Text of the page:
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Salmonella outbreak linked to sprouts has sickened nearly 100 people

By the CNN Wire Staff
The FDA said consumers shouldn't eat the sprouts and restaurants shouldn't serve them.
The FDA said consumers shouldn't eat the sprouts and restaurants shouldn't serve them.
STORY HIGHLIGHTS
  • The FDA calls Tiny Greens Organic Farm a source of the outbreak
  • That outbreak first appeared on November 1, with many cases traced to a sandwich chain
  • Separately, a recall of parsley and cilantro affects 14 states and 2 Canadian provinces
  • No one has reported getting ill eating the Little Bear branded items, the company says

(CNN) -- A salmonella outbreak linked to alfalfa sprouts has sickened some 94 people in 16 states and the District of Columbia, the Centers for Disease Control and Prevention reported Tuesday.

Health officials said those first cases became known November 1, with many getting ill after eating alfalfa sprouts in products from Jimmy John's Gourmet Sandwiches outlets. The Food and Drug Administration said Monday that those vegetables came from Tiny Greens Organic Farm.

Tiny Green's alfalfa sprouts and spicy sprouts, which have alfalfa sprouts plus radish and clover sprouts, were distributed in 4-ounce and 5-pound containers to farmers' markets, grocery stores and restaurants including Jimmy John's.

In addition to a variety of sprouts, the Urbana, Illinois, produce company distributes arugula, broccoli, fennel, cauliflower, onion, radish and other items, according to its website.

The FDA said consumers shouldn't eat the sprouts and restaurants shouldn't serve them. They should instead be thrown away, the agency said.

In a letter to Jimmy John's franchisees, founder Jimmy John Liautaud said that the chain had pulled sprouts from all its Illinois establishments after store locations came up negative for the bacteria.

About 24% of those sickened in that outbreak were hospitalized, the CDC said. No deaths have been linked to the outbreak.

The FDA said Monday that the sprouts were distributed in Indiana, Iowa, Missouri and possibly other Midwestern states, with roughly half the illnesses occurring in Illinois.

Health officials had previously said the salmonella outbreak had sickened at least 89 people in 15 states and the District of Columbia.

In an apparently unrelated situation, a Texas produce distributor has recalled nearly 7,000 cases of cilantro and curly parsley after samples in Quebec, Canada, and Michigan tested positive for salmonella, the company said Monday.

The "precautionary, voluntary recall" pertains to cilantro and parsley from J&D Produce, Inc., packed between November 30 and December 6, the Edinburg, Texas-based company said in a statement. Cilantro and parsley processed and branded as Little Bear between those dates can be taken to retailers for a full refund.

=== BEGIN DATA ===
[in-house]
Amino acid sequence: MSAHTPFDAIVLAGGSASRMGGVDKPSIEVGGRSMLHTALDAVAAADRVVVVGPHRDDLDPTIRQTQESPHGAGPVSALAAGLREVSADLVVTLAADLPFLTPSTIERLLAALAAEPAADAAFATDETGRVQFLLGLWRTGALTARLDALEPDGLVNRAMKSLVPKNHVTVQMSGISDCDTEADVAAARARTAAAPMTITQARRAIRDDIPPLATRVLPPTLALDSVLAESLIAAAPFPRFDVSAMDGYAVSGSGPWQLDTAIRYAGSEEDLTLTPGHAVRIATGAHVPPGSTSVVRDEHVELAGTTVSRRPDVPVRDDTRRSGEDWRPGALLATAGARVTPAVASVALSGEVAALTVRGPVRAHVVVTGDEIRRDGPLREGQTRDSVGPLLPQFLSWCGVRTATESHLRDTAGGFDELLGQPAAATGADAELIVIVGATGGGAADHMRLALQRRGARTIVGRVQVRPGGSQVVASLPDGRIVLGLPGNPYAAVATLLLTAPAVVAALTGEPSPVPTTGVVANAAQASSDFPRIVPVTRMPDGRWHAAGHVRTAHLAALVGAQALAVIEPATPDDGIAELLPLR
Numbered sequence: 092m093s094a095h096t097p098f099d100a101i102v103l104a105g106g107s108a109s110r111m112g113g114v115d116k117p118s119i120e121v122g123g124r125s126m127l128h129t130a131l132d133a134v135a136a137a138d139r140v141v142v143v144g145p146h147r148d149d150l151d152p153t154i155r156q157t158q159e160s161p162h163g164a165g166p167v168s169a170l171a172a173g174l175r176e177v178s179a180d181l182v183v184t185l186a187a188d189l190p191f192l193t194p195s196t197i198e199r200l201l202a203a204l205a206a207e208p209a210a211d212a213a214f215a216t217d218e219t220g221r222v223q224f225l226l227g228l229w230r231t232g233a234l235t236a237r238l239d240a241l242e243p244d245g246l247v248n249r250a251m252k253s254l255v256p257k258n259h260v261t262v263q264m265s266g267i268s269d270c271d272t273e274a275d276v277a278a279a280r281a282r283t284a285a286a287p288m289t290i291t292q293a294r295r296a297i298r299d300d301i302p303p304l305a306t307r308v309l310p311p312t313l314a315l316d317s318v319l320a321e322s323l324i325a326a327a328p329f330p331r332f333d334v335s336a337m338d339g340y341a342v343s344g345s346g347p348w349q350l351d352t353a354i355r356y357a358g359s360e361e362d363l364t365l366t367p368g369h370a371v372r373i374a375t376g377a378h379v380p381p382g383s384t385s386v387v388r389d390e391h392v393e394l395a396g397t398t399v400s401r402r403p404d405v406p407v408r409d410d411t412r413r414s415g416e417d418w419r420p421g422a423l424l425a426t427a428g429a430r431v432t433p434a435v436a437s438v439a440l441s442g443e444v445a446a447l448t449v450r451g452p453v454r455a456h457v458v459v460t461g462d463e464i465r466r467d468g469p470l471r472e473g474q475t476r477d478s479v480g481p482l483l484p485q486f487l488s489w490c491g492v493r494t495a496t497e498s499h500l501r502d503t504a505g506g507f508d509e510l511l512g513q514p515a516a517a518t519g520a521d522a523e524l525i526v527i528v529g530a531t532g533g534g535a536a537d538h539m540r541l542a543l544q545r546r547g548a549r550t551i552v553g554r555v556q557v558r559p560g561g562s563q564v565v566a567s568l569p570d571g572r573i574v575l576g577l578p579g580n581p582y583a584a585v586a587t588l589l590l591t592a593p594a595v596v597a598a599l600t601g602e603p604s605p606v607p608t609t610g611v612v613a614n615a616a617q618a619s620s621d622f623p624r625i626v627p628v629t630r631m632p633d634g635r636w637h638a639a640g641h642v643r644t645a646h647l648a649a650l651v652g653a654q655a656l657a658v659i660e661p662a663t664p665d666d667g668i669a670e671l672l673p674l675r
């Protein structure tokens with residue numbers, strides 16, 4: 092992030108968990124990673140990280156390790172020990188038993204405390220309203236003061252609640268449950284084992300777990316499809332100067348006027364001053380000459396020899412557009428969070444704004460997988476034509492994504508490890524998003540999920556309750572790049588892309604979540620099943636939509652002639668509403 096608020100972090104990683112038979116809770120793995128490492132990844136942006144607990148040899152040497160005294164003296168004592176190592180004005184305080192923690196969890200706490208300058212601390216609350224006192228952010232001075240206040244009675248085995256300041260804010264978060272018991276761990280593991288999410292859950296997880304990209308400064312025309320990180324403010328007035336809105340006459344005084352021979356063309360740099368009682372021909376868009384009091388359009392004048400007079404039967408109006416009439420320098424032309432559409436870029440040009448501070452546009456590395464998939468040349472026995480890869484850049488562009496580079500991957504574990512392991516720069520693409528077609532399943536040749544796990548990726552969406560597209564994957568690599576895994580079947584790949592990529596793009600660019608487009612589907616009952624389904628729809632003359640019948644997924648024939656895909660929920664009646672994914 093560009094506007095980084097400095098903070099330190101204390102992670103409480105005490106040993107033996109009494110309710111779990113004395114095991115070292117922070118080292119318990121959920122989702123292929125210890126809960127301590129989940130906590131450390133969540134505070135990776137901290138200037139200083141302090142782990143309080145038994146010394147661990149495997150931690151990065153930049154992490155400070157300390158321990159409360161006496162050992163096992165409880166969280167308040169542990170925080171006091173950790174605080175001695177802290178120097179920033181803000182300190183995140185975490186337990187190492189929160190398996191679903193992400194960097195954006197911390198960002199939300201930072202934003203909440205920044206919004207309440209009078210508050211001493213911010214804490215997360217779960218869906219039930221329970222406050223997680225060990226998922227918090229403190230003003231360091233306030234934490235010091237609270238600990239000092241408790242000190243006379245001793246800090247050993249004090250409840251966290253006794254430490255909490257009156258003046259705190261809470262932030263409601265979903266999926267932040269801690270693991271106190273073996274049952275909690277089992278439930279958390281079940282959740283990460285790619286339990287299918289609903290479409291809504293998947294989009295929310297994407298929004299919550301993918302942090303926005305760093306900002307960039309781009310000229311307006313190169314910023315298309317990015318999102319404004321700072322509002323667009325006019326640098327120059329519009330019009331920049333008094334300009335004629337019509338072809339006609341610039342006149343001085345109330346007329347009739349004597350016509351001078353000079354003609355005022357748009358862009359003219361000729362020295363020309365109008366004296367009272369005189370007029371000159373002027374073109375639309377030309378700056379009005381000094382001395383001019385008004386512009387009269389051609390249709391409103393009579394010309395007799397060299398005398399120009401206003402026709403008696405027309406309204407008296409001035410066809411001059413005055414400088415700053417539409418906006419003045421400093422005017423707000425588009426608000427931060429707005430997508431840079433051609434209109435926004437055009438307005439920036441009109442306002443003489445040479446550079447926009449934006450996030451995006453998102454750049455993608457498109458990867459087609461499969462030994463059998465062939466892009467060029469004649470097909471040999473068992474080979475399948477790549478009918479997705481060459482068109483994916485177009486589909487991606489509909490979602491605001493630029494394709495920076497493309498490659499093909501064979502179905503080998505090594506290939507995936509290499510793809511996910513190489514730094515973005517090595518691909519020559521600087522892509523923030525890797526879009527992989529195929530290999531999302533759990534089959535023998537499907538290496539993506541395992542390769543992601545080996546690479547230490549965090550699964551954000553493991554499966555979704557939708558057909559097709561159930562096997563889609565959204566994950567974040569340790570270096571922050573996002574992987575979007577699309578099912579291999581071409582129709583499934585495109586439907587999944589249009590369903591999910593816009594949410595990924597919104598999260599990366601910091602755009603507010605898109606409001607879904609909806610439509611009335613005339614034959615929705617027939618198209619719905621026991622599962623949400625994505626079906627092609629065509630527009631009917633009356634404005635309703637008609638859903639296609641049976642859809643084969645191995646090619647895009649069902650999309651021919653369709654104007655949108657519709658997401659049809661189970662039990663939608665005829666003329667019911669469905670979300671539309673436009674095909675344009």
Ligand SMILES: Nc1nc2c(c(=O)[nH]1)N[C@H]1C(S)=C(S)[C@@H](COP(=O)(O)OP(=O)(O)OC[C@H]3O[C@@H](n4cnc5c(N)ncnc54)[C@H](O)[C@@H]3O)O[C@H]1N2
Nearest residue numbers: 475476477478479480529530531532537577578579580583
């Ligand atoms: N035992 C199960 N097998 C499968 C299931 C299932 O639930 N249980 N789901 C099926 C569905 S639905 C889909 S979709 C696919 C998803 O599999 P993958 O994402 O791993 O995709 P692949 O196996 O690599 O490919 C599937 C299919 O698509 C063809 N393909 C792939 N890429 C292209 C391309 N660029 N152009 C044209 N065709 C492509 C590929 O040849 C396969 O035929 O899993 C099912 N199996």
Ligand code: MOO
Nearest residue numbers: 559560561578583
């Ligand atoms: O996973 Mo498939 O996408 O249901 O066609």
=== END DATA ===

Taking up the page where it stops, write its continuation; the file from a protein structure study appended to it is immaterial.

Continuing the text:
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No one has reported getting sick from eating the vegetables, according to J&D Produce.

The recall came after independent tests found salmonella on the company's parsley in Quebec and its cilantro in Detroit, Michigan, both of which came from the same processing line in Texas.

The company's products are sold retail as well as to wholesalers, who may then distribute them to restaurants and other establishments, according to Sharon McNerney, a public relations consultant for the company.

The recall involves 2,498 cases of the parsley -- which have expiration dates 12 days after being packed -- that went out to the Canadian provinces of Quebec and Ontario and the U.S. states of Connecticut, Massachusetts, Michigan, Missouri, New Jersey, New York, Ohio, Pennsylvania, Rhode Island, Texas, Washington and Wisconsin.

The 4,411 recalled cases of cilantro, carrying the same packing and expiration dates, were distributed in Colorado, Illinois, Massachusetts, Michigan, New Jersey, New York, Ohio, Pennsylvania, Texas, Washington and Wisconsin as well as Quebec and Ontario

After the positive results, regulators and health officials in the United States and Canada have stepped up inspections of J&D Produce's facilities, the company's president, James Bassetti, said. They also undertook other measures, including stopping and sanitizing all production lines, adding manual inspections, rinsing products more and bringing in consultants.

"We have a good track record, but we'll bring our expectations and standards to even higher levels," he said. "We've already begun improving our systems."

In addition to cilantro and parsley, the Texas company gathers, packs and distributes a variety of fruits and vegetables such as carrots, limes, eggplants, peppers, greens, onions, melons, mangos and asparagus, according to its website.

Salmonella is a bacterial infection that usually lasts four to seven days. About 40,000 cases of salmonellosis are reported each year in the United States, according to the CDC.

Those who get it typically develop fever, abdominal cramps and diarrhea between 12 and 72 hours after becoming infected. Most people recover on their own, without needing significant treatment. But salmonella in very young and very old people, as well as those with weakened immune systems, can lead to severe illness and even death.

The CDC recommends that anyone suspecting he or she may be ill from eating contaminated food should talk to a doctor.

 
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